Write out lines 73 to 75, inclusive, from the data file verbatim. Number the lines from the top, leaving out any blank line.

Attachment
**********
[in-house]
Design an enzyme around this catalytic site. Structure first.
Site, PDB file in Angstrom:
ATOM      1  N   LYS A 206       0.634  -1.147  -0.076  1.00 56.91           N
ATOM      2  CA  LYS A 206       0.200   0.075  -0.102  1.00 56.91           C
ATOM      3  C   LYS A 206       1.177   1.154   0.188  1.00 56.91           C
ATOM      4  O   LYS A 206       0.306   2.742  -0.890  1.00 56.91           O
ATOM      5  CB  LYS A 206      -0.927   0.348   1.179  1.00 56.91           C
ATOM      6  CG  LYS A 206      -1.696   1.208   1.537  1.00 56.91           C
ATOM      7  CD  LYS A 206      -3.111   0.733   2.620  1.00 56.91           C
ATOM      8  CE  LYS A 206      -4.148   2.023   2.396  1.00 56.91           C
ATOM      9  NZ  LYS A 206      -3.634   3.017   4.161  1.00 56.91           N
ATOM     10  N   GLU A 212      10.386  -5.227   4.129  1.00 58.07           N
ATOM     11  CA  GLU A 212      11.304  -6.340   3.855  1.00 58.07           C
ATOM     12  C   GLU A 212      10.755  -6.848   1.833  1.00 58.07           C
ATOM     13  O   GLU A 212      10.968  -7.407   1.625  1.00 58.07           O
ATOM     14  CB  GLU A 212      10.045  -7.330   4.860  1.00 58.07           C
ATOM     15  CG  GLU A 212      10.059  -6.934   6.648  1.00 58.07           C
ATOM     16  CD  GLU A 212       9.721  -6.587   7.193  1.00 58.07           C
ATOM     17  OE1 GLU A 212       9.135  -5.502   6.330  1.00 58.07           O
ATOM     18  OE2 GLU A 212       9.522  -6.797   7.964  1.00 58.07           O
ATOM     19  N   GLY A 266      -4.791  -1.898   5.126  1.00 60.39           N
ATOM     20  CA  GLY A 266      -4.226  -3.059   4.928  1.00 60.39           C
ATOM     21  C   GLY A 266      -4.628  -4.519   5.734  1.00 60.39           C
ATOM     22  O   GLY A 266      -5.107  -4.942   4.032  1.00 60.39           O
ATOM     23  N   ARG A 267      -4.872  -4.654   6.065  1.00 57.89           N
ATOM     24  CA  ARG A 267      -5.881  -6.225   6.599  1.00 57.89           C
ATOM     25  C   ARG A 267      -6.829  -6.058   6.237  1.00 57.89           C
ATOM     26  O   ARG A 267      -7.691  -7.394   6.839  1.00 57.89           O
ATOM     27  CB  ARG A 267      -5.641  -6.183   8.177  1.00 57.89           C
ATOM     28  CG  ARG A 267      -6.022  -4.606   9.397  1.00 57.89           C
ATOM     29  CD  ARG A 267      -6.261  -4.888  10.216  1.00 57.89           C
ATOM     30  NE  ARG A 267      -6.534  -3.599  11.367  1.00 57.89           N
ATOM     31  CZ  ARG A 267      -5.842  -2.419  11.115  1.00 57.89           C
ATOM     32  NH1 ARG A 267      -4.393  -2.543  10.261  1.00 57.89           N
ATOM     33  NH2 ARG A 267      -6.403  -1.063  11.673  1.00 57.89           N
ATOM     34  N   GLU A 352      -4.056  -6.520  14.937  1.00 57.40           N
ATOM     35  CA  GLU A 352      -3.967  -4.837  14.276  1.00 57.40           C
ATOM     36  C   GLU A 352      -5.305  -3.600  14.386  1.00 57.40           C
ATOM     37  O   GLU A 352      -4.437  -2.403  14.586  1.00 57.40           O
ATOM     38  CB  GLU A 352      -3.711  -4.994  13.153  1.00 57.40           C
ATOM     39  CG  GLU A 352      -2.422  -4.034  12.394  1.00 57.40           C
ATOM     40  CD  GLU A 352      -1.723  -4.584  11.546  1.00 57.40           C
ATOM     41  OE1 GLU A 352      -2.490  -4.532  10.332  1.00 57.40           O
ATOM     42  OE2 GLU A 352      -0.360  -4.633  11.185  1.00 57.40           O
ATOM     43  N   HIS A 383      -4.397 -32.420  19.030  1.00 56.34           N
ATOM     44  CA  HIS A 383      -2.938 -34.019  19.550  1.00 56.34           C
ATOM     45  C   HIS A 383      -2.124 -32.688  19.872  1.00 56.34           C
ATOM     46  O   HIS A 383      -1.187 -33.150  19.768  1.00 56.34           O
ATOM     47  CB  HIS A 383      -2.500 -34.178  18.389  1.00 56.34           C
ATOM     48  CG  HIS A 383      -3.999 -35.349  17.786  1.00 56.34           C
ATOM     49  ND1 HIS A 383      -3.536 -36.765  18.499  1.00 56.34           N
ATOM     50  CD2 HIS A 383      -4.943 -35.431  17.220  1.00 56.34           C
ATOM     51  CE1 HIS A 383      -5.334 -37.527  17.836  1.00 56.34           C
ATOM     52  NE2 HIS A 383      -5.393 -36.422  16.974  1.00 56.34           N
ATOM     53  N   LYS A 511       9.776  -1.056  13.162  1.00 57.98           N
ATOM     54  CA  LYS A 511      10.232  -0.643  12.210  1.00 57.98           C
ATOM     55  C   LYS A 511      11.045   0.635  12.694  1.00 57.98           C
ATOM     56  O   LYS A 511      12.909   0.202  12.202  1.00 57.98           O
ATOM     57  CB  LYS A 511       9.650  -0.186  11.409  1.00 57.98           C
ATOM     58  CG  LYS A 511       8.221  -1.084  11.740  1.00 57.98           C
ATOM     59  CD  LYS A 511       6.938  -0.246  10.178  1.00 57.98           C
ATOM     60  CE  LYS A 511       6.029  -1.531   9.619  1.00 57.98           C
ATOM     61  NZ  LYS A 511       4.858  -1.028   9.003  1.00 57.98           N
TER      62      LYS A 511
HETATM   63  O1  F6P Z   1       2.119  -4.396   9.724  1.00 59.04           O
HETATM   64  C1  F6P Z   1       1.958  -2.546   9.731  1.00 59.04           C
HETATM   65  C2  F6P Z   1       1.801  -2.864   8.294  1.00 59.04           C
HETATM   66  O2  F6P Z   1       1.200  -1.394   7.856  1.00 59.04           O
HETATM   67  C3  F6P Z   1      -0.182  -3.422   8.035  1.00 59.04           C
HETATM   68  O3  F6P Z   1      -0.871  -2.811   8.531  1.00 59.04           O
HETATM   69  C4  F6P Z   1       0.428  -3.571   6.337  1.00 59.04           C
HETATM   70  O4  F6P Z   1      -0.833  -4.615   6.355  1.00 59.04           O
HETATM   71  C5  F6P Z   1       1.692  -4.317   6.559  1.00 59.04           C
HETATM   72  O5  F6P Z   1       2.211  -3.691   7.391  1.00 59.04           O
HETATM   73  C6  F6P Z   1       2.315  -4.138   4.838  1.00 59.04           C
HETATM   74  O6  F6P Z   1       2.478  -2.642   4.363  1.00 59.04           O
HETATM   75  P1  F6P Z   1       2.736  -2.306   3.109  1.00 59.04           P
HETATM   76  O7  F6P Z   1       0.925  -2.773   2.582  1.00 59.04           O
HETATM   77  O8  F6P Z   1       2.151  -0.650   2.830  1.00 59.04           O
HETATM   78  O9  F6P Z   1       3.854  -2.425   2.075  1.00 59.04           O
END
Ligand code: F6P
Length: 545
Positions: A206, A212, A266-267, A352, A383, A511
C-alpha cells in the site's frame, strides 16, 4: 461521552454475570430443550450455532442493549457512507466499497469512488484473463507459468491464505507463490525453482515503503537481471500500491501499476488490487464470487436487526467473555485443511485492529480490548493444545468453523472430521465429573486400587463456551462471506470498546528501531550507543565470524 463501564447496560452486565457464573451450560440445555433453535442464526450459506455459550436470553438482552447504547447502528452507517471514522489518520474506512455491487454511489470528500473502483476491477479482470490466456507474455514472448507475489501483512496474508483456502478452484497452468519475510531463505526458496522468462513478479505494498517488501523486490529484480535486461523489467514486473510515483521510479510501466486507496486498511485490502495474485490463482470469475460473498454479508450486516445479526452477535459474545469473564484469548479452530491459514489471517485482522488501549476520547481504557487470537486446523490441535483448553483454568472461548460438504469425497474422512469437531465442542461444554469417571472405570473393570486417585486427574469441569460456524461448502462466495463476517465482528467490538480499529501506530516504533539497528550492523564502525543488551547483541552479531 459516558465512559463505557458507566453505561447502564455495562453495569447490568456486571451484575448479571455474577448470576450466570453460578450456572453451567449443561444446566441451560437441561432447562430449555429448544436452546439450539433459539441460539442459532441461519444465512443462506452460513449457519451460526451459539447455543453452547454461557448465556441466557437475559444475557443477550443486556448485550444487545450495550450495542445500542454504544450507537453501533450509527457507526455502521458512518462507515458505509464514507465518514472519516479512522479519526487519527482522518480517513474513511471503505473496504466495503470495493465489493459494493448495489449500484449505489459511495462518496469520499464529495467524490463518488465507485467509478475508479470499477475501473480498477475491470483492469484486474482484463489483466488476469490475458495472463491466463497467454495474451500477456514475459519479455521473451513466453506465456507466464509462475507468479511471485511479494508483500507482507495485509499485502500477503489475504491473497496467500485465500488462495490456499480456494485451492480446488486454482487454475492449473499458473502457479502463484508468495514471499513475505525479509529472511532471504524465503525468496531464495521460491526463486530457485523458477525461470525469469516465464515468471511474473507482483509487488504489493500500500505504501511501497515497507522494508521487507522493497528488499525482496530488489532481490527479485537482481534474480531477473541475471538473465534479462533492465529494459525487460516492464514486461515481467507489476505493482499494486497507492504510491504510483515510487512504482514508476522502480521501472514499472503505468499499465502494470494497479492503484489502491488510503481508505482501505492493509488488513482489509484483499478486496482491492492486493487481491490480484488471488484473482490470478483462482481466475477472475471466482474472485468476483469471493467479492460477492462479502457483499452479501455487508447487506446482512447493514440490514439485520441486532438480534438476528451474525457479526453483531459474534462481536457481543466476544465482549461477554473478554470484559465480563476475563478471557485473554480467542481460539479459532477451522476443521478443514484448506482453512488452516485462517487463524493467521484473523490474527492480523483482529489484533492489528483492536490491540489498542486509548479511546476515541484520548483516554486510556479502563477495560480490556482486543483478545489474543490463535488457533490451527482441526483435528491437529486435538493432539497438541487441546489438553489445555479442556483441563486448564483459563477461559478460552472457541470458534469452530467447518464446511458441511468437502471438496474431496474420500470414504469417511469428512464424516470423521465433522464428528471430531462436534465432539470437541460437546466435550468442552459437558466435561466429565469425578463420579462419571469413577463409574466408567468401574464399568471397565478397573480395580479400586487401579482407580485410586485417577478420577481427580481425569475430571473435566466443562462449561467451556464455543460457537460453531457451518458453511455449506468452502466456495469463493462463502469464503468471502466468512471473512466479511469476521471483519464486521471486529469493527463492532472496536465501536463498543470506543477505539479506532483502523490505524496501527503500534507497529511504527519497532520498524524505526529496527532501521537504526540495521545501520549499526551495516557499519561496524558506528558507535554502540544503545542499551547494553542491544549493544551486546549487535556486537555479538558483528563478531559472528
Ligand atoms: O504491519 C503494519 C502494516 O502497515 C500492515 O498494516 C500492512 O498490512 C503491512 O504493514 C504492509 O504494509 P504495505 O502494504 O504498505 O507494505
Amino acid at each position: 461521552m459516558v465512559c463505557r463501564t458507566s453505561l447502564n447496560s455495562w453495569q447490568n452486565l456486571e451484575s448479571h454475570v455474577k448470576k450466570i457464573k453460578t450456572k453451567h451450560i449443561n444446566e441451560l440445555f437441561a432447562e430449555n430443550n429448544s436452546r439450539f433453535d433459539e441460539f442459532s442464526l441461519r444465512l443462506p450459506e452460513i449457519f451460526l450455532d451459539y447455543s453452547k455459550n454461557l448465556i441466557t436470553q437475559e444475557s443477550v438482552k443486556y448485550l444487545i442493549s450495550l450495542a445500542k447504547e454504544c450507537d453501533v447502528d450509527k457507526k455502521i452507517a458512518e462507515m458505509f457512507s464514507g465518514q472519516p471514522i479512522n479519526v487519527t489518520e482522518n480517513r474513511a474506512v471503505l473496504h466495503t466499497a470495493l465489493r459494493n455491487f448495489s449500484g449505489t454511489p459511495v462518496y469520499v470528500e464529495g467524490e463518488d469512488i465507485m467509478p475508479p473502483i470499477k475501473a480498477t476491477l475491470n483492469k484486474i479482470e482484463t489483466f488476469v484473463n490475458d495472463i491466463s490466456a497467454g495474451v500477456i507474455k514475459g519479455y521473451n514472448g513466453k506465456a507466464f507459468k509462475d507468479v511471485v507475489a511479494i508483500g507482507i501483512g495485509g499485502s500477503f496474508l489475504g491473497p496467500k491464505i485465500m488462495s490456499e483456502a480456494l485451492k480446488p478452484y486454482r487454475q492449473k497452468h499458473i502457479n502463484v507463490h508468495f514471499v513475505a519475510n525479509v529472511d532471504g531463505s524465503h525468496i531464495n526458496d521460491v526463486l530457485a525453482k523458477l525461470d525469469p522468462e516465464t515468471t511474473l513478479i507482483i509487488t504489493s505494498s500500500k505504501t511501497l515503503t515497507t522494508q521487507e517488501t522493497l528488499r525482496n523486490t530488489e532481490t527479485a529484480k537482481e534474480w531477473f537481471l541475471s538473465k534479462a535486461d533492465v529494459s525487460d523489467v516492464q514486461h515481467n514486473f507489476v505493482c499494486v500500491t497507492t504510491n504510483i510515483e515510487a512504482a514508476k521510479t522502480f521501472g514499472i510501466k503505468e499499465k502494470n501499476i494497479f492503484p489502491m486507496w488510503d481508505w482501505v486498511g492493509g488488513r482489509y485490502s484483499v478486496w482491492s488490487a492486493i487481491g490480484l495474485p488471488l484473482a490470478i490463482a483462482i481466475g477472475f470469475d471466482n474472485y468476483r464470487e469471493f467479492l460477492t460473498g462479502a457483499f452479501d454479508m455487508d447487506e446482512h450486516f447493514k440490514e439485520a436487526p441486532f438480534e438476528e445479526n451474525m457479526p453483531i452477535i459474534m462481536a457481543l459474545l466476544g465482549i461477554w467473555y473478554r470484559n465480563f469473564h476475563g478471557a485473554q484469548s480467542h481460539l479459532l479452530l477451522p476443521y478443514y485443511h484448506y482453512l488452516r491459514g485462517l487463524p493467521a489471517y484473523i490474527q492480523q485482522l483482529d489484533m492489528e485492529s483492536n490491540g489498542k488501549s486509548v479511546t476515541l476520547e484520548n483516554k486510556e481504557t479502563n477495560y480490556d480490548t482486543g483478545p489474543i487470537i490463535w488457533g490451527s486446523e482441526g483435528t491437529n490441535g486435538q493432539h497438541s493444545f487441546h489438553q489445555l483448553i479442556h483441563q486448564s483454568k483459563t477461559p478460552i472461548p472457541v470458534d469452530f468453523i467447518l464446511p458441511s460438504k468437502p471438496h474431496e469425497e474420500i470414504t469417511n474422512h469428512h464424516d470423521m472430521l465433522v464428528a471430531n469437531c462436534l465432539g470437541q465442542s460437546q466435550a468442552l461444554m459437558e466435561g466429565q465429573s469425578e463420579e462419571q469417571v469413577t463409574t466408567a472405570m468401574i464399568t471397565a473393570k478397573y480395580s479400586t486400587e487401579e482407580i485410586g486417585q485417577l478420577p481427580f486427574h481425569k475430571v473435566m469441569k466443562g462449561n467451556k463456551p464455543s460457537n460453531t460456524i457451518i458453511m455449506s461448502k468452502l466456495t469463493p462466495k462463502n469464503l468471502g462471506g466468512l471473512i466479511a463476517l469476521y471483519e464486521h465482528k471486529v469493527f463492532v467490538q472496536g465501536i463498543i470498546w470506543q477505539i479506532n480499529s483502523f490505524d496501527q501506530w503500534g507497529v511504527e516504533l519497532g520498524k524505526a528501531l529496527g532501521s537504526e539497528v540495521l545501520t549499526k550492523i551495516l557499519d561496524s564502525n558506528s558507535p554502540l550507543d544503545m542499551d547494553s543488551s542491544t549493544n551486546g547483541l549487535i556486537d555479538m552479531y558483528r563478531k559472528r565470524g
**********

HETATM   70  O4  F6P Z   1      -0.833  -4.615   6.355  1.00 59.04           O
HETATM   71  C5  F6P Z   1       1.692  -4.317   6.559  1.00 59.04           C
HETATM   72  O5  F6P Z   1       2.211  -3.691   7.391  1.00 59.04           O